Meet your classmate: Jacob Oliveira

Meet your classmate: Jacob Oliveira

In an effort to learn more about students at DHS, the Spectrum will regularly select students at random to interview and feature in the student paper. This process is truly random; a calculator was used to generate random numbers, which we assigned to cafeteria seats in all three lunch shifts.

Sophomore Jacob Oliveira sits in the crowded cafeteria in first lunch with a carton of chocolate milk and a chicken patty on the tray in front of him.  He is a tall, slender 15-year-old with blond hair, glasses, and a quiet demeanor. On his wrist he sports a digital watch that connects to his phone and tells the time using the atomic numbers of elements.

“He is the smartest one in my household,” said Zachary Oliveira, Jacob’s older brother. “He is trustworthy and reliable, [and] as much as it pains me to say, he is taller than me.”

Jacob takes mostly honors classes and enjoys math especially. He hopes to pursue engineering in the future. Not only does he challenge himself in school, but he also challenges himself with a variety of extracurricular activities.

Jacob is a member of both the Engineering Club and a four-person team competing in SeaPerch, a nation-wide engineering program for middle school, high school, and college students. Using their knowledge of physics, Jacob and his teammates, Dan McCormack, Emily Chen, and Hunter Mello, assembled a Remotely Operated Vehicle (ROV) about the size of a shoebox that performs a variety of underwater tasks.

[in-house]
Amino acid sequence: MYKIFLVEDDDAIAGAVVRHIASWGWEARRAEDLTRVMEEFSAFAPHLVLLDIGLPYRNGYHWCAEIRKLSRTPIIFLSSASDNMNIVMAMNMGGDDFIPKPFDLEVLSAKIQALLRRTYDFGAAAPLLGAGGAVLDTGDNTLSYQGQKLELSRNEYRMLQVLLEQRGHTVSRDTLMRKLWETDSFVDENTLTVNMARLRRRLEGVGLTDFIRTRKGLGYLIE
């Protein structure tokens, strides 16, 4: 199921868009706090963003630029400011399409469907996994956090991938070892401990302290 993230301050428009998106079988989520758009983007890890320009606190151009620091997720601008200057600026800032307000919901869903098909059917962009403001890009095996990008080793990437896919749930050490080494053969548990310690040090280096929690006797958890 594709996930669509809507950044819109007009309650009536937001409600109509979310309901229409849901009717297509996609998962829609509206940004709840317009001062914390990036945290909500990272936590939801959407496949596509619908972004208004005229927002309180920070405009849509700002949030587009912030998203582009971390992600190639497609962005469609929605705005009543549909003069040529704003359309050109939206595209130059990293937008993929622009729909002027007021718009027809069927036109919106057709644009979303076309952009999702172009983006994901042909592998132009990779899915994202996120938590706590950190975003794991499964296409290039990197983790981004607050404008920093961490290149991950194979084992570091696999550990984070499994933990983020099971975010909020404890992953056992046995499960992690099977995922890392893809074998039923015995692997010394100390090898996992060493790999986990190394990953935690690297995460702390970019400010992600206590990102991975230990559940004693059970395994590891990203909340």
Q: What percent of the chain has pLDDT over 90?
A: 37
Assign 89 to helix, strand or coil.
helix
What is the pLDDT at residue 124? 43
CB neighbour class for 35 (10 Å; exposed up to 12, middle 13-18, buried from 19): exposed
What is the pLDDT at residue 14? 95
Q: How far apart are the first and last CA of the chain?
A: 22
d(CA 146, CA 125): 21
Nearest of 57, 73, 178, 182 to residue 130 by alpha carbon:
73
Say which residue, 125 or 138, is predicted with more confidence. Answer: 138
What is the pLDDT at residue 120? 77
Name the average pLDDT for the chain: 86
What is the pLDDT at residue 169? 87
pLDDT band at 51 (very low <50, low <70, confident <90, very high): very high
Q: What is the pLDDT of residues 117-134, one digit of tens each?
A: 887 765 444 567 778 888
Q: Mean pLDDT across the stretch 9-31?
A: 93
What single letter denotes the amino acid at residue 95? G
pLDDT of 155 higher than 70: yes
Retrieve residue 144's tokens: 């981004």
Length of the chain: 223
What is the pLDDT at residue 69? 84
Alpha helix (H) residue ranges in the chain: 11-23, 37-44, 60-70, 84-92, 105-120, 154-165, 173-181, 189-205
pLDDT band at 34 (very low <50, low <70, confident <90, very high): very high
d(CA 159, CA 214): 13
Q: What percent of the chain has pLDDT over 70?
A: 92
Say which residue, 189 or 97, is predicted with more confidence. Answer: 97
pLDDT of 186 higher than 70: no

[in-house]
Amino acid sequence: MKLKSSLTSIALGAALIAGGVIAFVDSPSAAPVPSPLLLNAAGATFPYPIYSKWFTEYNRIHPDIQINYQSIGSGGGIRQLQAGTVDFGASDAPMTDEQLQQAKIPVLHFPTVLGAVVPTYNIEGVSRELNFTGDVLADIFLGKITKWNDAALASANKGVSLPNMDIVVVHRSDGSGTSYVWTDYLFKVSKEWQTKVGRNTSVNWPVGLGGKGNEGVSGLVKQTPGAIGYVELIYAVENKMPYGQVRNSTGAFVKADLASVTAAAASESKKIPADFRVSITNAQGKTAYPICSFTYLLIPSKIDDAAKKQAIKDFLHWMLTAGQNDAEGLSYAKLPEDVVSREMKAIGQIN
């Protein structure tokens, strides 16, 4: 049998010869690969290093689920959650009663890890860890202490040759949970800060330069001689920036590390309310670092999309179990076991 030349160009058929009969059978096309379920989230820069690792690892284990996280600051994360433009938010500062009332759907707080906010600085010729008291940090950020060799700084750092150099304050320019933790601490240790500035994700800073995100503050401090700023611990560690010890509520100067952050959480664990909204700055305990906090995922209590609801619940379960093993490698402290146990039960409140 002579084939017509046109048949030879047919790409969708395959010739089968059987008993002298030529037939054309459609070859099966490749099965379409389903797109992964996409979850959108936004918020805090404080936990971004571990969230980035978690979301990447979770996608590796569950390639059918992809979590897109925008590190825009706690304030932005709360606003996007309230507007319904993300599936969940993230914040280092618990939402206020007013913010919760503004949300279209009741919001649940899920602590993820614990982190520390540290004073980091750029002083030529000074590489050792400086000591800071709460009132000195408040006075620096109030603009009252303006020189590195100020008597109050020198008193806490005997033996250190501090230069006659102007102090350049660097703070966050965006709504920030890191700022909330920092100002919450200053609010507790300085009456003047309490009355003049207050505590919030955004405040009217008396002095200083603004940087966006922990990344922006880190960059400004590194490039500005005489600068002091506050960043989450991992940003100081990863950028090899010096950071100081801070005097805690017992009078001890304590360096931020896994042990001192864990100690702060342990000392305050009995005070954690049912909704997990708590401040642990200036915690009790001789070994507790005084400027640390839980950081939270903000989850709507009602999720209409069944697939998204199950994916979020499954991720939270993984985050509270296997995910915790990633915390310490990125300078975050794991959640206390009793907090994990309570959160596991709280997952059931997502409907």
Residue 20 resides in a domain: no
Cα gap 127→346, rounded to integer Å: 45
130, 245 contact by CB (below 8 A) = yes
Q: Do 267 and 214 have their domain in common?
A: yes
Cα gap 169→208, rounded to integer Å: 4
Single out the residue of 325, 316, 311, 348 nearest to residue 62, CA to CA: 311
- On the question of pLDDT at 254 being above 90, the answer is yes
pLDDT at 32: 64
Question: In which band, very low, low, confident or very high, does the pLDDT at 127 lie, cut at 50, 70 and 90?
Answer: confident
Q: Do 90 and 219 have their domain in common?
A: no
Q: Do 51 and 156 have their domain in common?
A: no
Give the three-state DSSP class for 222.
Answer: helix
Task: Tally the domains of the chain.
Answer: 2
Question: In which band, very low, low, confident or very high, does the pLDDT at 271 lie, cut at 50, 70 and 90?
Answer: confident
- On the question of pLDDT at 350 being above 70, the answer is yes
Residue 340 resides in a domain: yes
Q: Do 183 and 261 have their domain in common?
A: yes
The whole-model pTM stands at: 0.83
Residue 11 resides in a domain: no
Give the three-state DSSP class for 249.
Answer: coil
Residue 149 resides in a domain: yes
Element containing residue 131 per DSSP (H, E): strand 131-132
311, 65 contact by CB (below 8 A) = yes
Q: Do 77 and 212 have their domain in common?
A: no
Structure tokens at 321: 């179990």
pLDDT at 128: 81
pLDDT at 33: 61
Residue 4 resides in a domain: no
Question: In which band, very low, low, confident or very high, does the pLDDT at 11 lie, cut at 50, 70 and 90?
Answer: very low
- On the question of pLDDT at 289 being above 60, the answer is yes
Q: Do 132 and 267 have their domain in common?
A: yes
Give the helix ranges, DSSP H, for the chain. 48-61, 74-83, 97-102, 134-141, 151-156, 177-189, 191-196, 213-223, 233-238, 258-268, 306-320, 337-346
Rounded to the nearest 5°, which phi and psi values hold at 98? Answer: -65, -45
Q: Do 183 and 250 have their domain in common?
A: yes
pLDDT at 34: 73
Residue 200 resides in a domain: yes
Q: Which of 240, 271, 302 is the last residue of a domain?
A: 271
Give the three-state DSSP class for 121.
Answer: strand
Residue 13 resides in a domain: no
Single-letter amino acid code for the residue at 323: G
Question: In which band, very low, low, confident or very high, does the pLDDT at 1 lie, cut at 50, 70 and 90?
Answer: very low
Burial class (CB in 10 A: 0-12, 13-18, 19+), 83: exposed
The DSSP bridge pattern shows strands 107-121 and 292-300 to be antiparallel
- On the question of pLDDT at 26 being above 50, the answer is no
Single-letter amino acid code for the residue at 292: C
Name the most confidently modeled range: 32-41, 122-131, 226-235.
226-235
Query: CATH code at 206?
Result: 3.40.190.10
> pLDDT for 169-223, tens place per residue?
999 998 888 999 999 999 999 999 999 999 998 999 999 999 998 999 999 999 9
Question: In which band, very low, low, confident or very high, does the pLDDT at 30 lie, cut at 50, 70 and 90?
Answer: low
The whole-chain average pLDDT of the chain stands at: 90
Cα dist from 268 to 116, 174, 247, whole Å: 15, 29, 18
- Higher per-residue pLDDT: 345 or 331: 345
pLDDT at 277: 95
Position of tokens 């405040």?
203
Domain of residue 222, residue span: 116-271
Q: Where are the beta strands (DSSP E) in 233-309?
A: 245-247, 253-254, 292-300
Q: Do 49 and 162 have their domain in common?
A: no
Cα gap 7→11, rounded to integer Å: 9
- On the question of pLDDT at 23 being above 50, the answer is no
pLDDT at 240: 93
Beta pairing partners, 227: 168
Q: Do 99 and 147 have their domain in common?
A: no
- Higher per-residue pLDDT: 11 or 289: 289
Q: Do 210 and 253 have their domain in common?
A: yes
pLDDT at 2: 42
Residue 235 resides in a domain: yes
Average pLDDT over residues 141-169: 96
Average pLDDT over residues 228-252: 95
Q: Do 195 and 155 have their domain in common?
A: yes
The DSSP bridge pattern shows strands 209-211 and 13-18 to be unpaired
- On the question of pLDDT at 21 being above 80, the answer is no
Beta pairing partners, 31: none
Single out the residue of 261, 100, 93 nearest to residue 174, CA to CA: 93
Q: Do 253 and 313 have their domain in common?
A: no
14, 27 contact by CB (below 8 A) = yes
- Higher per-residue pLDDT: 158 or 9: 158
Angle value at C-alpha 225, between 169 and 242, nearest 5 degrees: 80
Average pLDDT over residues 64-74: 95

In November the team competed against other schools in a regional competition at New Bedford High School. They took turns maneuvering the ROV through rings and controlling the submersible as it picked up weights from the bottom of a pool. The Dartmouth team took first place in the competition, and in mid-May they will travel to the University of Southern Mississippi for the 2014 National SeaPerch Challenge.

“[Jacob’s] done a good job in terms of taking what he’s learned from the classroom and applying that to the real world,” said physics teacher and engineering club adviser Robert Southerland. Mr. Southerland explained how Jacob has played a key role in helping lead the team.

“He’s a good kid, a hard worker, and is really dedicated to the engineering club,” said McCormack.

Music is another one of Jacob’s passions. He began playing the upright bass in fourth grade. “I saw Mrs. Monte play bass, and I thought it was so cool,” Jacob recalled. But he also wanted to learn to play a woodwind instrument and picked up the saxophone in fifth grade. Jacob joined the marching band in middle school and learned the tuba last year in response to the band’s lack of tuba players. Tuba has quickly become his favorite instrument, though he has only been playing for two years. “It was easier than I thought it would be.”

Jacob has also participated in spring and winter track since freshman year. “He’s a great kid to have on the team,” said senior track captain Hannah Cook. “He’s responsible and reliable.”

Jacob runs mid-distance, and his personal best in the 1,000 meter is 2 minutes 56 seconds. At this year’s freshman-sophomore meet, Jacob came in fourth place.

“I don’t want to sound cliché, but [Jacob] really is a hard worker,” said senior track captain Ethan Biron. “He surprised a lot of people by picking up points. Getting second and third place is a big deal.”

As a sophomore, Jacob has already made his mark on DHS.

“He’s a very bright student,” said senior Matt Jones. “He’s a lot smarter than people think. By the time he’s a senior he’ll be doing great things.”